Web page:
Gloves made for the French firm Lacoste were reportedly manufactured by Uyghur Muslims and other ethnic minorities in an internment camp, where they are forced to undergo ideological and behavioral training.
Lacoste, known for its green crocodile logo, said it had halted shipments of the product after being informed of the issue by the U.S.-based labor rights group Worker Rights Consortium, the Associated Press (AP) reports.
“Lacoste prohibits the use of forced, mandatory, or unpaid labor of any type,” company spokeswoman Nathalie Beguinot told AP.
While 95 of those gloves had already been sold in Europe, the remaining stock manufactured at the Yili Zhuo Wan Garment Manufacturing Co are being kept off of the market.
Beguinot added that the Chinese factory in question had been visited by auditors, who didn’t report any issues.
Worker Rights Consortium executive director Scott Nova, however, said Lacoste should have known better than to trust auditors who interview workers on site that are unable to speak freely.
“Given the climate of terror the government has created in the Xinjiang Uygur Autonomous Region, given its intensive efforts to conceal proof of forced labor from foreign eyes, and given the pervasive surveillance apparatus that makes a confidential conversation oxymoronic, no worker is going to tell a factory auditor that her employer and the government are breaking the law by forcing her to work against her will,” Nova told AP.
In 2019, two former Yili Zhuo Wan workers told the Washington-based Center for Strategic and International Studies (CSIS) that they had been forced to study Mandarin and praise the government while effectively being paid a slave wage.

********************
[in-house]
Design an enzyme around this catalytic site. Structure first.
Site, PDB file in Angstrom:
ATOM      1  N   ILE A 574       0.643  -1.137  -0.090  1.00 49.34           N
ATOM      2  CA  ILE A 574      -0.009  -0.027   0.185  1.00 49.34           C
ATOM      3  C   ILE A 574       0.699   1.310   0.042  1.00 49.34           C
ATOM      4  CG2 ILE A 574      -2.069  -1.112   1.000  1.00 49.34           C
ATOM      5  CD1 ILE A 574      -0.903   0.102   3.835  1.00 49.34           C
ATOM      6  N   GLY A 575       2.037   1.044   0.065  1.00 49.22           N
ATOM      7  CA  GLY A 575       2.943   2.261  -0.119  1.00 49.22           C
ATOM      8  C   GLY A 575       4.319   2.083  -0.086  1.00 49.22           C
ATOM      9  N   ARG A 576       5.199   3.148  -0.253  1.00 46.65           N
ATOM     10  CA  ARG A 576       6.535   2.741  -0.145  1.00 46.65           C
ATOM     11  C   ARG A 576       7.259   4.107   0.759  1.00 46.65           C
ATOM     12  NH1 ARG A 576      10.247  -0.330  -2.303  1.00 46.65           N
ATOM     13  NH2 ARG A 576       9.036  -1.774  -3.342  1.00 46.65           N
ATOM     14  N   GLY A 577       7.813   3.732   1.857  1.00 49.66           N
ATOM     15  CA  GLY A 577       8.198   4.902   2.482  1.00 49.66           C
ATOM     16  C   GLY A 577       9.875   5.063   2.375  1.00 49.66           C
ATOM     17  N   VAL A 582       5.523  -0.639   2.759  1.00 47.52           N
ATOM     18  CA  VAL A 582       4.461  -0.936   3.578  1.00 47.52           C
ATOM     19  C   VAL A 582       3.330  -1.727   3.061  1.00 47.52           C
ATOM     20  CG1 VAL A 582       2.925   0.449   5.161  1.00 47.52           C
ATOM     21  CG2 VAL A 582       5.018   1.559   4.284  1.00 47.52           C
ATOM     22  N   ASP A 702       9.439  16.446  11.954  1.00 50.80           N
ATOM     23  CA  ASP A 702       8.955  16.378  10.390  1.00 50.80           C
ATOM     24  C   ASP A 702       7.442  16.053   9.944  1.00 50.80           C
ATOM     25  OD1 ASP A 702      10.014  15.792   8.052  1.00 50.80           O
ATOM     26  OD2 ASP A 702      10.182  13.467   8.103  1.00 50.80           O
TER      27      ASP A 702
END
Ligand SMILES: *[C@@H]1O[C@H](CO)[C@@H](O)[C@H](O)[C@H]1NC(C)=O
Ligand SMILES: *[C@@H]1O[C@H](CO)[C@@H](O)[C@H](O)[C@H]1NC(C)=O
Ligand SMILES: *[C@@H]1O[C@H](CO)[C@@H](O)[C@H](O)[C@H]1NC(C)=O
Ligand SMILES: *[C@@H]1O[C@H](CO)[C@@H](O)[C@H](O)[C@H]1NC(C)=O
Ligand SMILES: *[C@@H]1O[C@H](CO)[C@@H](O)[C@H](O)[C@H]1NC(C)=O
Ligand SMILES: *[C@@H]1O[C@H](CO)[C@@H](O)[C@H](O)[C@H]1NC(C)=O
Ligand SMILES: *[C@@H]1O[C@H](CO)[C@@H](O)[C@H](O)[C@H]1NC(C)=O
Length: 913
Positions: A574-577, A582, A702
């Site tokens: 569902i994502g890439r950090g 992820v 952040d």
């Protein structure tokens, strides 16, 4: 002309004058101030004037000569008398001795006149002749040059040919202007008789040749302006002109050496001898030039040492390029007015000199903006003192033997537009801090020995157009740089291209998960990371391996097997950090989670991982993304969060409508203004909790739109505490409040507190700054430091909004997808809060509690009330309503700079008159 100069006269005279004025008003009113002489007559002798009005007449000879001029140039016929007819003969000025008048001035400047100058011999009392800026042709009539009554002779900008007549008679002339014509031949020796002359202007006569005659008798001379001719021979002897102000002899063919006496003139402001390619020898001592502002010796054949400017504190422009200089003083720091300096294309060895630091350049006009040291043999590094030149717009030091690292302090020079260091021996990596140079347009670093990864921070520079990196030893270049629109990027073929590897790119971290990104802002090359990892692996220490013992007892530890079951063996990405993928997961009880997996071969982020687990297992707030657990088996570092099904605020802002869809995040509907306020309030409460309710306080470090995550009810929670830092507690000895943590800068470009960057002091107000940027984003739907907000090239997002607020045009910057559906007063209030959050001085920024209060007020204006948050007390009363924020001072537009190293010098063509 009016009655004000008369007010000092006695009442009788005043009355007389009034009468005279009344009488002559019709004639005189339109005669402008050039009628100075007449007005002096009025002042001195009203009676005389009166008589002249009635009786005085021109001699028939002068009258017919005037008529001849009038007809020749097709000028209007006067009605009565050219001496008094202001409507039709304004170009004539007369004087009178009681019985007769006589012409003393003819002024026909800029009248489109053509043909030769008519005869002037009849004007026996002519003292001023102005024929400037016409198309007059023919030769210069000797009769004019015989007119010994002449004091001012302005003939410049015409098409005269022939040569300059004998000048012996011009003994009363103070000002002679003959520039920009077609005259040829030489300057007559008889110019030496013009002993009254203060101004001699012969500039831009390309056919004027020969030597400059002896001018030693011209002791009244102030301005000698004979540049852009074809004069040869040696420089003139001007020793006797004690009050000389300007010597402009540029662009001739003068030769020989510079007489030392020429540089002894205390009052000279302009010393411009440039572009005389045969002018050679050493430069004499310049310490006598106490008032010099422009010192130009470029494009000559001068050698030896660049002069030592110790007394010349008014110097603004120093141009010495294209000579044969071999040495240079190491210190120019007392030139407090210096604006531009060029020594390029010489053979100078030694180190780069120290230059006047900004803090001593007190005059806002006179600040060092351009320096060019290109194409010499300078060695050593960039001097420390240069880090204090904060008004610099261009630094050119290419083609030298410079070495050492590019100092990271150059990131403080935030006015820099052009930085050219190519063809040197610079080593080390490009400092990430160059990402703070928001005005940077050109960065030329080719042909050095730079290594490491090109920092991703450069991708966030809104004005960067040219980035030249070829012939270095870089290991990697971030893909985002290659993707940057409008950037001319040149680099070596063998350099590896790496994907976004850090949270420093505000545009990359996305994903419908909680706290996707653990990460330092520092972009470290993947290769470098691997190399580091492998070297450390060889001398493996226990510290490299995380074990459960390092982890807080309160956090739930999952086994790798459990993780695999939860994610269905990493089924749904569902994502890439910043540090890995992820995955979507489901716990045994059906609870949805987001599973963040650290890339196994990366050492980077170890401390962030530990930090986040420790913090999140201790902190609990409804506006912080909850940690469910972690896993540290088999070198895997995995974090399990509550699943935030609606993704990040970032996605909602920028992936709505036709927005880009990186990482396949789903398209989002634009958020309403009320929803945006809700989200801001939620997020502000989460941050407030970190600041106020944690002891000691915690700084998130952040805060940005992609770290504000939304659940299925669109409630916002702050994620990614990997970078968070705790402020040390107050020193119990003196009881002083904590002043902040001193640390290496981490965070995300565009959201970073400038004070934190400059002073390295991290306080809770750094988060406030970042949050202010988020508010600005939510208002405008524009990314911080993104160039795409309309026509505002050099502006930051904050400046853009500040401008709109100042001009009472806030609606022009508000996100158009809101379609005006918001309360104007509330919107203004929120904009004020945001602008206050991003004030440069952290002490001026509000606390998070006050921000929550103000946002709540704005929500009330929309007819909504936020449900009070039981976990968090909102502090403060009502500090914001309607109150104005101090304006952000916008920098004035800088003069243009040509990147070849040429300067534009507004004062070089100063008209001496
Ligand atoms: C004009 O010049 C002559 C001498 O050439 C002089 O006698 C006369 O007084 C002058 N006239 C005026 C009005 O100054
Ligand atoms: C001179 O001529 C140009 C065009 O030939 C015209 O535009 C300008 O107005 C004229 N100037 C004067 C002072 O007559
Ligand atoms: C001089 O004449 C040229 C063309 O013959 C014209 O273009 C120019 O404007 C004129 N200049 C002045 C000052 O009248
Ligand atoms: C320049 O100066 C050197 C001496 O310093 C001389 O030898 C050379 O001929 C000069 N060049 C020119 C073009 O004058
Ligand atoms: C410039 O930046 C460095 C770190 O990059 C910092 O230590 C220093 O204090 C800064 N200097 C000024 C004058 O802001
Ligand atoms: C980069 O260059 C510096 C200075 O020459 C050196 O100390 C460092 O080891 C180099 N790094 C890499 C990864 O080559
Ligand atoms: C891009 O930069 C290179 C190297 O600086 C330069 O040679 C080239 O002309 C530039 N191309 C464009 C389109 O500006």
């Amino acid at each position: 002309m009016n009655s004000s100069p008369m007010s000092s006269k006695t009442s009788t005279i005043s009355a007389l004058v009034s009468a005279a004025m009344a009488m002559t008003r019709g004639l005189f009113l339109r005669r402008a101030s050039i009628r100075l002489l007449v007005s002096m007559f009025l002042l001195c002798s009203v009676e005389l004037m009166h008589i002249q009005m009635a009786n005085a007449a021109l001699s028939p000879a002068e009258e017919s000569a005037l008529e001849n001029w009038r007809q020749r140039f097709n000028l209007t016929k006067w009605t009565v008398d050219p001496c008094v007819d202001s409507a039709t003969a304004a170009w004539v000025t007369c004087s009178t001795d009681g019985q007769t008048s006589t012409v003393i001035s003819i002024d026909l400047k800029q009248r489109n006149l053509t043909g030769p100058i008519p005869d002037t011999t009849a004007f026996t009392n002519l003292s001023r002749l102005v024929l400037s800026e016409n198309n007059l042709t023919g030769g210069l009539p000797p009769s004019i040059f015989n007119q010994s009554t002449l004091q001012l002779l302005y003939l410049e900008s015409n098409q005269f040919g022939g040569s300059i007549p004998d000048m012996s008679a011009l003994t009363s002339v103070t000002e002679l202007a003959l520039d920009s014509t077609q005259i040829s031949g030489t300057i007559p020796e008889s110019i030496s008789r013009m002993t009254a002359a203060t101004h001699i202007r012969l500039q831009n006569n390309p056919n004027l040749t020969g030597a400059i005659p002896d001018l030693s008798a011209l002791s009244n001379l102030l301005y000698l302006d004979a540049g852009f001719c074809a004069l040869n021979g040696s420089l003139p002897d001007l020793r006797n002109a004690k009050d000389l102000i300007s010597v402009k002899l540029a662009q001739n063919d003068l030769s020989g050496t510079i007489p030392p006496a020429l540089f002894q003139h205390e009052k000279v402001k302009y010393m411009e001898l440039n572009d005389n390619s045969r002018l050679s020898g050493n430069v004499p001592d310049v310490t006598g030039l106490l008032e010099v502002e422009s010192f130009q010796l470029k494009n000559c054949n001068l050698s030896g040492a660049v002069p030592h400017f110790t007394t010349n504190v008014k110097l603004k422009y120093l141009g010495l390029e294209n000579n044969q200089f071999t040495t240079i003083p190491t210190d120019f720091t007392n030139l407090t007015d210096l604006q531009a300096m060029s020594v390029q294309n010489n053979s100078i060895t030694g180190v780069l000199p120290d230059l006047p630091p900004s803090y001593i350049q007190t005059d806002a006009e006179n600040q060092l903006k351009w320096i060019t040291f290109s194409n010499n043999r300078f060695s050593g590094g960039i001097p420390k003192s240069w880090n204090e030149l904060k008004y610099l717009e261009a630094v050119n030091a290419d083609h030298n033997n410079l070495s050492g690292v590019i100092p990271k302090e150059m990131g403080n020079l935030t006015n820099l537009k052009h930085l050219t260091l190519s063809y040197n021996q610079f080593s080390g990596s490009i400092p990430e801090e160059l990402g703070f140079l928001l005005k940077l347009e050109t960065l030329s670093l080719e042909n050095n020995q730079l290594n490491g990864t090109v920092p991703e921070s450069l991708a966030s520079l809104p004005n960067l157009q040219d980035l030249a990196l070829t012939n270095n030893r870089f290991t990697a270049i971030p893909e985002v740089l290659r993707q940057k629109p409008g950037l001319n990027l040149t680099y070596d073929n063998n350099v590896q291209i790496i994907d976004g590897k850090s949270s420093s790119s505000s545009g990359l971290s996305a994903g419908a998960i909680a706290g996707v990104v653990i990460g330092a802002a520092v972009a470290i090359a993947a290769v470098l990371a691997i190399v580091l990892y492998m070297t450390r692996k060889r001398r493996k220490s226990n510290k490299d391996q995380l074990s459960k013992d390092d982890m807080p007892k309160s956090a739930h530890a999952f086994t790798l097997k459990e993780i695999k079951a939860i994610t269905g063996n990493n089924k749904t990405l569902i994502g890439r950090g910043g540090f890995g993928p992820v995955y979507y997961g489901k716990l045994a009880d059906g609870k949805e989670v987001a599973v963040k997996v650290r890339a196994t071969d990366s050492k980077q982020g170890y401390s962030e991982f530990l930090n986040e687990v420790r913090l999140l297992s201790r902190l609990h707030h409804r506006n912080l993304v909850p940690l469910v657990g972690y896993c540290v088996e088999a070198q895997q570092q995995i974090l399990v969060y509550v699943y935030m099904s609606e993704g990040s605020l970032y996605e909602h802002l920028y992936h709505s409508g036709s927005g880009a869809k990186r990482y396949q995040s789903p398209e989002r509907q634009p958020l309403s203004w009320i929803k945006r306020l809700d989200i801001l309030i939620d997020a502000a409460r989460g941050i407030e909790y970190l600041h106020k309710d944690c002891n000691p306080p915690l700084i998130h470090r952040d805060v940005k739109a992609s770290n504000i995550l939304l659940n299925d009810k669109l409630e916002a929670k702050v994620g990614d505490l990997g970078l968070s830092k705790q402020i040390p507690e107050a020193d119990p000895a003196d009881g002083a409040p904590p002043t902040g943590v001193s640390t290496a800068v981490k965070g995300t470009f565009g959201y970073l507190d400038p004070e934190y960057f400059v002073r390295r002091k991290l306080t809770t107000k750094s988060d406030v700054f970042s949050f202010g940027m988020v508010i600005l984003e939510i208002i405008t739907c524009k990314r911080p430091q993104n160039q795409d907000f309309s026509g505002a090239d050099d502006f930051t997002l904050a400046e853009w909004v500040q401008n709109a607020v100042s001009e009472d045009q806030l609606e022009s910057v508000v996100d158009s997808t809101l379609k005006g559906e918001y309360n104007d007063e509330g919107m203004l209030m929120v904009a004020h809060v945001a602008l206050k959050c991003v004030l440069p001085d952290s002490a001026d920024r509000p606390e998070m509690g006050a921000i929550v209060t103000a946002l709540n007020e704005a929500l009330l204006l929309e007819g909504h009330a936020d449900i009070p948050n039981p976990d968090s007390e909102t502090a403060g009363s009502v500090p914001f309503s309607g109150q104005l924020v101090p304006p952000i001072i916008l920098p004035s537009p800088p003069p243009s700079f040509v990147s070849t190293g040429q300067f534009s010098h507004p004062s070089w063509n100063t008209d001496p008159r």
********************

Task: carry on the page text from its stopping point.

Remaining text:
“This is basically state-encouraged forced labor and part of a much broader pattern of extremely severe human rights violation,” said Amy Lehr, who co-authored a CSIS report on the matter.
This case follows a report from the U.S. funded Australian Strategic Policy Institute, which found that more than 80,000 people had been sent to manufacturing facilities in nine provinces from 2017-19, at times directly from internment camps in the country’s northwestern region of Xinjiang.
Lacotse was named among the 83 foreign and Chinese firms “directly or indirectly benefiting from the use of Uyghur workers outside Xinjiang through potentially abusive labour transfer programs.”
Others include Amazon, Apple, BMW, Calvin Klein, Gap, Google, Huawei, L.L.Bean, Mercedes-Benz, Nike, Siemens, Sony, and Tommy Hilfiger.
In conditions reminiscent of the Xinjiang detention facilities, the laborers were required to live in segregated dormitories, study Mandarin, and undergo ideological training while on the clock. They were also prevented from practicing their faith, experienced constant surveillance, and had limited freedom of movement.
Chinese authorities are thought to have rounded up between 1-3 million Uyghurs and other Muslim minorities, detaining them in camps across the region in a bid to reshape their religious and political worldview.